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Another Deck Collapse Injures Dozens


hausdok
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2008916225523_URIDeckCollapse.jpgThe collapse of a deck at a Narragansett residence sent at least 50 people plummeting 15 feet to the ground Saturday night during a party.

Around 11:40 p.m. Narragansett Police responded to 37 Sakonnet Blvd. in Narragansett's Eastward Look neighborhood to find a second-story L-shaped deck had caved-in, crushing a mini-van and injuring dozens. To read more click here.

Source: The Good 5 Cent Cigar - Student Newspaper at the University of Rhode Island. Thanks to Prof. Frank Woeste, Virginia Tech University, for tipping TIJ off to this article.

For those interested, Prof. Woeste's next two day course for inspectors is Repair Design for New and Existing Wood Trusses and it will be held at VTU in Blacksburg, VA on October 15-17, 2008. For details and registration, visit www.cpe.vt.edu/sdww/

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A bit too far for me, but close enough to make me wish.

Got a kick of of this part:

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The deck, constructed in 1988 with pressure-treated lumber, was built in accordance with 1980 building codes.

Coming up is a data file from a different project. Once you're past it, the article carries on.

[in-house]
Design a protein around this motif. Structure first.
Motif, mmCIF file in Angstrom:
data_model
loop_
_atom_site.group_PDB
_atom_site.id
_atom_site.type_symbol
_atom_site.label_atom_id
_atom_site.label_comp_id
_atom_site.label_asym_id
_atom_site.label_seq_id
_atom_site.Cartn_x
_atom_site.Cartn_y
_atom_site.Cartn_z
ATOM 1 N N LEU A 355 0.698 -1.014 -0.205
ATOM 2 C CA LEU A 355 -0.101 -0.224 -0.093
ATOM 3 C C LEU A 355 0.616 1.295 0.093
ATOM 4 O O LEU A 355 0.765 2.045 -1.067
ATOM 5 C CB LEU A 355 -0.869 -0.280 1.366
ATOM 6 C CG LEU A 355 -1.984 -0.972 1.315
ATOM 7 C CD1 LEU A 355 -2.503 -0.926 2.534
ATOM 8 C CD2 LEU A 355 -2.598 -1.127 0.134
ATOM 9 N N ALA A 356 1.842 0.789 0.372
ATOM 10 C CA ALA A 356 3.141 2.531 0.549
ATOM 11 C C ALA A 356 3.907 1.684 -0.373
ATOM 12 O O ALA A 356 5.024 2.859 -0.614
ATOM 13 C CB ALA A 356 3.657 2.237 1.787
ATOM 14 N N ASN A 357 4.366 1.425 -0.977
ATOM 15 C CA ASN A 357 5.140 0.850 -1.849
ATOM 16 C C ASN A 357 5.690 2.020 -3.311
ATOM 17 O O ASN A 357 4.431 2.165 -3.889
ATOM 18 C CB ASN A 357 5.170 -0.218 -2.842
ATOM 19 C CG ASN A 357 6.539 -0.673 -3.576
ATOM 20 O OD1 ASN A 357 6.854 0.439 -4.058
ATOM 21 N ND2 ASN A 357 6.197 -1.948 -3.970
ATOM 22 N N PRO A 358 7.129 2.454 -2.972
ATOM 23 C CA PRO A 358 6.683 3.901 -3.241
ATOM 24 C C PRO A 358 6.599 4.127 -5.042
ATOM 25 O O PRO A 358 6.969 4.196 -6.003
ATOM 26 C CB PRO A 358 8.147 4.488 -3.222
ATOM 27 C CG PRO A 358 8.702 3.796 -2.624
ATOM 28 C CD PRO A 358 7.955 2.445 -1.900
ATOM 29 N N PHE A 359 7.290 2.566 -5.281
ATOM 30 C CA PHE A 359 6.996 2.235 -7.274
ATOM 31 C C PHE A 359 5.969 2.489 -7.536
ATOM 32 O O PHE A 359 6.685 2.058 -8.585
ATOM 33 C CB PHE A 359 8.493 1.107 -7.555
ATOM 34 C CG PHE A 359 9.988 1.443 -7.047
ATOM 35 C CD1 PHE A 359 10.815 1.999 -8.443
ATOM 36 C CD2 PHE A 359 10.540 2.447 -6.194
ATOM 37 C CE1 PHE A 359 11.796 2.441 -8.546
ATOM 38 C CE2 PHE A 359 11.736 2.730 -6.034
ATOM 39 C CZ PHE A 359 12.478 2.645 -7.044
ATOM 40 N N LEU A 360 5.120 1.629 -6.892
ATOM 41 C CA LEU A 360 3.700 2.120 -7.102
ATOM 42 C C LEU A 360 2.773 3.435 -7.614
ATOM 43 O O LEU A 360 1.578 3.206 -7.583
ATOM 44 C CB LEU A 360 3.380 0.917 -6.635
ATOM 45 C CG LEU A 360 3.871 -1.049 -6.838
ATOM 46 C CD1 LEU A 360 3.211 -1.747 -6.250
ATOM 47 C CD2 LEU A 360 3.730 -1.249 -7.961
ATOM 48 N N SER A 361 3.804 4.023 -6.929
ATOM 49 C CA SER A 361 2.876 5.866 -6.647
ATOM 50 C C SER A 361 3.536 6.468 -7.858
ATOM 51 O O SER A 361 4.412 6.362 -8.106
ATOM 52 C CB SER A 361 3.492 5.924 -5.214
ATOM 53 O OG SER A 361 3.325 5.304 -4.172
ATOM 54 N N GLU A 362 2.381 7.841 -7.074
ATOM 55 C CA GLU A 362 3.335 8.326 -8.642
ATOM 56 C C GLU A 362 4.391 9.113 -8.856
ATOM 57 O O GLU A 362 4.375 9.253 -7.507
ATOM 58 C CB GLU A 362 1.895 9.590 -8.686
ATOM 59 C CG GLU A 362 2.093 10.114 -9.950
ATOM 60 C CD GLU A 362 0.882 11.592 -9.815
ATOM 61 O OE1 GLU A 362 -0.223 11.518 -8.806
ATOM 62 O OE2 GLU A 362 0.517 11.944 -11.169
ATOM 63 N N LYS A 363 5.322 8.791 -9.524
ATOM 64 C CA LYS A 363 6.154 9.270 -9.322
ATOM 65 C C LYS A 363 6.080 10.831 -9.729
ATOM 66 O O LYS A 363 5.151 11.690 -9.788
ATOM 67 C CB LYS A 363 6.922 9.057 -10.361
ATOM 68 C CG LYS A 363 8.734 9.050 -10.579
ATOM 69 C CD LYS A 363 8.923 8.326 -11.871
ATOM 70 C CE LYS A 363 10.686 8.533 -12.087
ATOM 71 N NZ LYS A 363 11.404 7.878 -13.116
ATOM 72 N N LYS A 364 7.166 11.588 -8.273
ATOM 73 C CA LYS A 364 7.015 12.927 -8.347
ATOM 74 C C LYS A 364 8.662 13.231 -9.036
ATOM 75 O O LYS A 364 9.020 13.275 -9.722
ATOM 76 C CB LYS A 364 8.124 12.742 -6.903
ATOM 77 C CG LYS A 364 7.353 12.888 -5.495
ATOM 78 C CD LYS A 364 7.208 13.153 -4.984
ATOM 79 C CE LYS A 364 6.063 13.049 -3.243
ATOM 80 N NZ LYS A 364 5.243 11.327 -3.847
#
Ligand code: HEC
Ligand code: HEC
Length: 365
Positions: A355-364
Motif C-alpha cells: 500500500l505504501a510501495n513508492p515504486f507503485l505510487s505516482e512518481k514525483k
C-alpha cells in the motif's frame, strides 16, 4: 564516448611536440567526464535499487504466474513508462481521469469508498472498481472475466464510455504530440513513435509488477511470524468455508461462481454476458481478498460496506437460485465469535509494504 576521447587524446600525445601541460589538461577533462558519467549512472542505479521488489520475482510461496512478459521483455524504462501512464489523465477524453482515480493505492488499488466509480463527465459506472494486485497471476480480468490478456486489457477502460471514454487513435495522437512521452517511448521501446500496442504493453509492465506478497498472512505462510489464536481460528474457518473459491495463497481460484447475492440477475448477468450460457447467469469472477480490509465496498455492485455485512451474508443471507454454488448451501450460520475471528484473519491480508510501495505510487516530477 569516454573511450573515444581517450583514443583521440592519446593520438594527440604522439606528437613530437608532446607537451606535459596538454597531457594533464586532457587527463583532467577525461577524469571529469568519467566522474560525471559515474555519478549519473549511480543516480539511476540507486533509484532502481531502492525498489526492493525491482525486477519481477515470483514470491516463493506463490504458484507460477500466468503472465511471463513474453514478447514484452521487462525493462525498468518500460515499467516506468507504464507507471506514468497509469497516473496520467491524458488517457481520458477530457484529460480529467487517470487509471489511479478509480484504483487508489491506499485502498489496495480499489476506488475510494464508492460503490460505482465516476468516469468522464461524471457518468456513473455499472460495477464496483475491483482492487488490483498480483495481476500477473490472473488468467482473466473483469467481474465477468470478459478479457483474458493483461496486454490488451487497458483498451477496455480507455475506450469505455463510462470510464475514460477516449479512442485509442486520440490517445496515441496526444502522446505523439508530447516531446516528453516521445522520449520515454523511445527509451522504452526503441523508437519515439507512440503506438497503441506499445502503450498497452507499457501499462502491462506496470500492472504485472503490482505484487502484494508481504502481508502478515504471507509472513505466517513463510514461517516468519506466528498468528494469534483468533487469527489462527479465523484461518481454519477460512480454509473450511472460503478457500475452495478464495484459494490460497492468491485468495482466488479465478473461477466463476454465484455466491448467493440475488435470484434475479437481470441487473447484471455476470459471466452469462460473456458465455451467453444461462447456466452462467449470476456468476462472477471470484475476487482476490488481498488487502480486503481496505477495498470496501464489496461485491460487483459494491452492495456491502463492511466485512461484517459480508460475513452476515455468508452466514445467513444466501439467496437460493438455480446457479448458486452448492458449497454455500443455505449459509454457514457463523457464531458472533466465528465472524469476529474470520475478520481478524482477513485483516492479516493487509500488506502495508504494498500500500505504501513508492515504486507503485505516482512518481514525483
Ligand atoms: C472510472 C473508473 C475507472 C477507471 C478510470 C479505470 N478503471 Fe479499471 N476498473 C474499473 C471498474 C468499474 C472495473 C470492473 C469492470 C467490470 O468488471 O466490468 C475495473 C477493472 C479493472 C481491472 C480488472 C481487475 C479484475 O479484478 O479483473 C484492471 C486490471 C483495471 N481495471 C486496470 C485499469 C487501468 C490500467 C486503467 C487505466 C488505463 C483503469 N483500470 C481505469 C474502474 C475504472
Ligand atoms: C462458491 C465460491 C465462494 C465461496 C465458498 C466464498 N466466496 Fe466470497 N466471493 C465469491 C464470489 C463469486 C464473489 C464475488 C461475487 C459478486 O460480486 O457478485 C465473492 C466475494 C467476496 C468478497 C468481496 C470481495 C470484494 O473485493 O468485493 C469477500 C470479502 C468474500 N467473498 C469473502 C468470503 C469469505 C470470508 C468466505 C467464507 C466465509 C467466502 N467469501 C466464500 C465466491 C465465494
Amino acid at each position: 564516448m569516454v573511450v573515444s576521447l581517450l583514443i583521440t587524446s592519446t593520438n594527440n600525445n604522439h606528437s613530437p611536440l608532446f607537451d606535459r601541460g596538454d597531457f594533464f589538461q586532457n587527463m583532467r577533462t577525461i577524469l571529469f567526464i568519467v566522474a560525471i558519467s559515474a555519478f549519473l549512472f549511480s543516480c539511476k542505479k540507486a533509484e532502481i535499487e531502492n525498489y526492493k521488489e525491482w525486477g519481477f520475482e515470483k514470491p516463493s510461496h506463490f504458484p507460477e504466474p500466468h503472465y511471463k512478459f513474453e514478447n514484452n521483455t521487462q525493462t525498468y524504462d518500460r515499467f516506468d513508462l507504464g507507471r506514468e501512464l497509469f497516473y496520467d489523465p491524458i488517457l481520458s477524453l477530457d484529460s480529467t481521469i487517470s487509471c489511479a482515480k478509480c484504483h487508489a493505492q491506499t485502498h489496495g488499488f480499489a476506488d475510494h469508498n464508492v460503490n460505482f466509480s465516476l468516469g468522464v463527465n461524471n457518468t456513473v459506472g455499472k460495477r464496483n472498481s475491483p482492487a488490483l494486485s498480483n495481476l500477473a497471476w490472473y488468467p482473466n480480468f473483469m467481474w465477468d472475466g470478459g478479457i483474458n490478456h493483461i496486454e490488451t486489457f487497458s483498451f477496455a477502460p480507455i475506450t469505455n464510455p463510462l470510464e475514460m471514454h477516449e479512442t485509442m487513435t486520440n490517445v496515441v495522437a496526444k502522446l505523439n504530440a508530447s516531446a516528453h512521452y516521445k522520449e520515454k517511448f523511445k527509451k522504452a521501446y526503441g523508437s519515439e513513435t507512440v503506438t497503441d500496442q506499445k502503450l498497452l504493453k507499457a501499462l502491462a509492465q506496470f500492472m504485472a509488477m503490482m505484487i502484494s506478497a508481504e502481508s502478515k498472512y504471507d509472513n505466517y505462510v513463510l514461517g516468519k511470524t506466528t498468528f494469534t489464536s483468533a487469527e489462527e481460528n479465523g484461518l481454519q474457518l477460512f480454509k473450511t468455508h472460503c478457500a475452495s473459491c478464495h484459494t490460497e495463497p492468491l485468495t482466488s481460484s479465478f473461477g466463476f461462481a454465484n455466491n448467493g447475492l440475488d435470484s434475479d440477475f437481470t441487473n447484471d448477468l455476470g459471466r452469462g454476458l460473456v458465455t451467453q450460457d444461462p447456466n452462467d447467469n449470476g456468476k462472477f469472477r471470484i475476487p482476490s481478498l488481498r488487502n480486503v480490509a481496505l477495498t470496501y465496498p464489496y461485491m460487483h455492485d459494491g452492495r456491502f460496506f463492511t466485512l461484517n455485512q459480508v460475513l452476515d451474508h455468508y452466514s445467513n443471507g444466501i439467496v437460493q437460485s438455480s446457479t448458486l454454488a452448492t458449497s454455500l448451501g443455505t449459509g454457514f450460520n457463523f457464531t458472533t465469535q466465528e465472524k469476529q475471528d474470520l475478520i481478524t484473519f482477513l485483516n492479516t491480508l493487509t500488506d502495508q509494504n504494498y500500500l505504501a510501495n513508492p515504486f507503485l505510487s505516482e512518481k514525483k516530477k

Narragansett Building Official Anthony Santilli, Jr., who arrived on scene within an hour of the collapse, said there was no question the deck was built correctly.

However, after 20 years, "water and mother nature" weakened the wood. In any condition, Santilli said, the deck was not meant to support that many people.

In his report, submitted to Narragansett's Department of Building Inspection, Santilli said, "It is the opinion of this office that deterioration and rot due to water damage behind the ledger board and overcrowding resulted in the collapse."

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If it was properly flashed how did water get behind the ledger board to cause rot and deterioration.

Reminds me of this rotted one: http://b4uclose.tripod.com/cockamamieph ... oists?i=28

I hope everyone heals well.

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I'll agree that the science behind ledgers is flawed, and even that the code needs to be revised, but adding columns and beams at the building is not always a viable or even desirable option. My prefered method is to protect the building with ice and water shield that starts well above and extends well below the ledger, and then install the ledger on standoffs at each through bolt. This provides plenty of room to manage run off and allows good air flow for drying.

Is it just me, or does any one else have a problem with the catastrophic failure of a correctly built structure?

Tom

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Narragansett Building Official Anthony Santilli, Jr., who arrived on scene within an hour of the collapse, said there was no question the deck was built correctly.

However, after 20 years, "water and mother nature" weakened the wood. In any condition, Santilli said, the deck was not meant to support that many people.

As Brandon said,